Easing the transition back to school

Monday is back to the books day for students in the Lewisville, Argyle and Denton school districts.  Are you ready?

Starting back to school can be a little stressful for both students and parents. Switching from the laid-back fun in the sun of summer to rules, homework and routines can be a big jump for parents and children alike. But with a little preparation and the right attitude, it doesn’t have to be so hard.

Here is some advice from Eric Welch, Executive Director at LearningRx Flower Mound:

1.    Parents need to be interested and enthusiastic about the start of school. If you are confident and excited, your child will be too. “Talk it up” – get them talking about how they are feeling, are they nervous, anxious, excited about making new friends. Let your child know it is normal to feel nervous. “It’s really just our body getting us pumped up so we’re ready to handle a new or challenging situation.”

2.    Start daily routines at home at the start of the school year (or before). Let your child become involved with packing their lunch or laying out their clothes. Post a schedule or checklist that includes the morning routine and the after school routine. Include snack time, study time, extracurricular activities, TV time, bath time, and bed time.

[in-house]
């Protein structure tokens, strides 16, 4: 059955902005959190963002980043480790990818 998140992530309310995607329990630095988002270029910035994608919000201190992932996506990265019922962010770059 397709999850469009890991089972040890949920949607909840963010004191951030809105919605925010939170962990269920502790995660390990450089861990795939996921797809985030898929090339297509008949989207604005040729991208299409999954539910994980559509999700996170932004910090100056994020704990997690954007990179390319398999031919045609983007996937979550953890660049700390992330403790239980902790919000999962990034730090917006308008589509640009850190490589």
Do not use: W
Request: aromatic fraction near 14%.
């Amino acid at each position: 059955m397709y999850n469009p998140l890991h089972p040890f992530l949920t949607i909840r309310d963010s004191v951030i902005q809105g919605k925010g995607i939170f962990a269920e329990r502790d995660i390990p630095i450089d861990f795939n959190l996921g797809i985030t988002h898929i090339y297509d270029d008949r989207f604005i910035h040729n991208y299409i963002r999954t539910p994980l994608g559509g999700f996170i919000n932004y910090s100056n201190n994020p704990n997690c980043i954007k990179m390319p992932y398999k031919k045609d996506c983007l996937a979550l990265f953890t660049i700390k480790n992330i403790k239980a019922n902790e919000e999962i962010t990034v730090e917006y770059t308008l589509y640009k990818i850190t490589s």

3.    Establish a routine of studying or working on homework the same time, the same place every day. This will help you to stay focused as your brain will be thinking, “OK, I’m in my homework nook, at 3:30pm. I need to focus on homework.”

4.    Post all calendars of school activities, assignment due dates, sports games, meetings, vacations and lunch menus on the refrigerator or another designated space. Younger students can cross off each day’s completion before bedtime.

5.    Spend time each day talking to your child about what happened in school. At the dinner table discuss the day’s events and anything they learned that day. Answers like “Fine” and “Nothing” are not acceptable.

6.     Make sure you know when they have tests or projects due so they know you are interested and what and how they do things matters. This also helps students who have organizational struggles.

7.    Attend back-to-school programs and parent-teacher conferences.  Join the PTA and other parent groups. If you are involved, your child can’t help but be engaged. Children whose parents are more involved with their education have higher achievement, are better adjusted and are less likely to drop out of school.

Whether you are excited for school to resume or wish summer would never end, the transition will be smoother with a little planning and a positive attitude!  Good luck!

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